It’s probably not a good idea to use your debit card at the gas pump. Not because we have anything against debit cards, but because we’ve learned of yet another group of criminals who planted invisible card skimmers in pay-at-the-pump machines at gas stations in the southern United States.
Sure, the Target breach makes boring old hardware hacks like this look boring and unsophisticated by comparison. Just add this to the rapidly growing list of ways that crooks can stick invisible hands into your wallet, draining your bank account.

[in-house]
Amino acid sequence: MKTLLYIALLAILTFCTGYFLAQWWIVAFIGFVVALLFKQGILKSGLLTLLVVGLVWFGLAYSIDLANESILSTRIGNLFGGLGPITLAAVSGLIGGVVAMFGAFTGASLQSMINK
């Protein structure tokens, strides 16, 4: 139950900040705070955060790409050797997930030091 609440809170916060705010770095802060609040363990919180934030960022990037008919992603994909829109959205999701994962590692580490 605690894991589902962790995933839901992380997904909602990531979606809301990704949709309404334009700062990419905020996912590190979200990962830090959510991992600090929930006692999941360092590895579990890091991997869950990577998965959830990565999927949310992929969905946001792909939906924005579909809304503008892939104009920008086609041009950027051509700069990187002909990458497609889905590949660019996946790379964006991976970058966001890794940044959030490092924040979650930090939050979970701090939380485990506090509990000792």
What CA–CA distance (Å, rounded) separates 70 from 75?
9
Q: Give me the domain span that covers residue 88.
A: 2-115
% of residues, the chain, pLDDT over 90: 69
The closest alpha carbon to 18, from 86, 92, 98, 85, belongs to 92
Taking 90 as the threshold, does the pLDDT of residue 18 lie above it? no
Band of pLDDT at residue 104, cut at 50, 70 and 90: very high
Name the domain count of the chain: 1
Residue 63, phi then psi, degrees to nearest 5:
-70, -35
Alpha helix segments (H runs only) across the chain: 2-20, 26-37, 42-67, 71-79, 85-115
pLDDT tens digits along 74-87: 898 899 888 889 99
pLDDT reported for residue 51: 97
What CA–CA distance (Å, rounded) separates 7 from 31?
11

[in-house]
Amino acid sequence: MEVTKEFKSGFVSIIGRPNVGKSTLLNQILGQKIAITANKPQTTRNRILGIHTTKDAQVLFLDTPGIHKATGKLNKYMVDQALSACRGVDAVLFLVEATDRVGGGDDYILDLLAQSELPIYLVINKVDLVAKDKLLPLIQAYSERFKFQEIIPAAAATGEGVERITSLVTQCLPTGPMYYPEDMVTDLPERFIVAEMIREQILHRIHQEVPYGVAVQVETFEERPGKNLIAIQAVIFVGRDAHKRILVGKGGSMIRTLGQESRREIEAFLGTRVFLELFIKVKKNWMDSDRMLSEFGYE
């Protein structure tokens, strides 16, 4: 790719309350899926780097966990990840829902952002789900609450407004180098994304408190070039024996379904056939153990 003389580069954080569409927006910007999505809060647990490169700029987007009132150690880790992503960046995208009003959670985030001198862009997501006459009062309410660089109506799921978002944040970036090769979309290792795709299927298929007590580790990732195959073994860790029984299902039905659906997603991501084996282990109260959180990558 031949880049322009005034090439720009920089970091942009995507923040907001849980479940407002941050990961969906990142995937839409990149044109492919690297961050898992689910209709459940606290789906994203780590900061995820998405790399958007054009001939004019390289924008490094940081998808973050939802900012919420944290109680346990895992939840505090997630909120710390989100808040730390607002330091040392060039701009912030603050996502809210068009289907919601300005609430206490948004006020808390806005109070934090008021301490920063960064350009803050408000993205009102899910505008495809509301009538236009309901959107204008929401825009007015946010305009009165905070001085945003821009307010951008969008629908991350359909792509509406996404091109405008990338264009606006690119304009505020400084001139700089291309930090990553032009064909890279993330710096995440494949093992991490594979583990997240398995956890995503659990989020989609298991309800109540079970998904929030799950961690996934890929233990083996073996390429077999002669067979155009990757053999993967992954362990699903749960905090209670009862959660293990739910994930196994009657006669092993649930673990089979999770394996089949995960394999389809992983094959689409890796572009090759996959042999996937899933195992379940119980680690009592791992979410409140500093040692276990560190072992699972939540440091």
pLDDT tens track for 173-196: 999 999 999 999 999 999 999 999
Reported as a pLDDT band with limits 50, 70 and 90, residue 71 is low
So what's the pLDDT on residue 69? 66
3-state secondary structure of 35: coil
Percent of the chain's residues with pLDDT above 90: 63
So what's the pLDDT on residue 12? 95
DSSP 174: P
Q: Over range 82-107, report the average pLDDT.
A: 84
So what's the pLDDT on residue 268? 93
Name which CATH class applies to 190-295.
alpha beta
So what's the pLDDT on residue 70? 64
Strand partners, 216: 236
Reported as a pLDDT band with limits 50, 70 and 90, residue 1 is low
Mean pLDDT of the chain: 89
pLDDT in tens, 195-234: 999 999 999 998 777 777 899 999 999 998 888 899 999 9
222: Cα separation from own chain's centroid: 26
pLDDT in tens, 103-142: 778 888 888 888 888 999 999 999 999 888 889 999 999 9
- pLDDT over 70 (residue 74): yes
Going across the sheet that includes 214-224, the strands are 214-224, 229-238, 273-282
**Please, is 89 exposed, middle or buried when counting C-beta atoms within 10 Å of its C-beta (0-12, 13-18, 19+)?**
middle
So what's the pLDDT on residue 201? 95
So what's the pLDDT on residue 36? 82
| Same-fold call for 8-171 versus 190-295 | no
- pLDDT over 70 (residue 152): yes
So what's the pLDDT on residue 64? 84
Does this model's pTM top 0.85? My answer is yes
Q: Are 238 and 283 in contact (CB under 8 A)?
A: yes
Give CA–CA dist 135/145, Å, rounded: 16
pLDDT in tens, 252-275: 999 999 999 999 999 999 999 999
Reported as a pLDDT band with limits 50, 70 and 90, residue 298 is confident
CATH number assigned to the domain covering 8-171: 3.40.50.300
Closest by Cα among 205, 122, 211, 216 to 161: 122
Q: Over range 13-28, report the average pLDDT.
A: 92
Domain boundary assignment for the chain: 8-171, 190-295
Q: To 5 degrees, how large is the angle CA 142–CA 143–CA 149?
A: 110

The skimmer shown above came from a ring of 13 skimsters who have been charged with draining $2 million from the accounts of cardholders all over the South.
Bluetooth skimmers aren’t always an inside job. They’re typically installed in a stealth operation, right in the sight store employees. One person pretends to pump gas while others distract the cashier. The skimmer silently and invisibly collects card data and PINs, and the thieves can collect data without even pulling up to the pump again.
How can you protect yourself? Well, in this case, our tips about checking for mini-cameras and poorly secured PIN pads and card slots won’t do any good. The best protection is only to limit your losses: don’t use a card linked to your main bank account at gas stations.
Gang Rigged Pumps With Bluetooth Skimmers [Krebs on Security]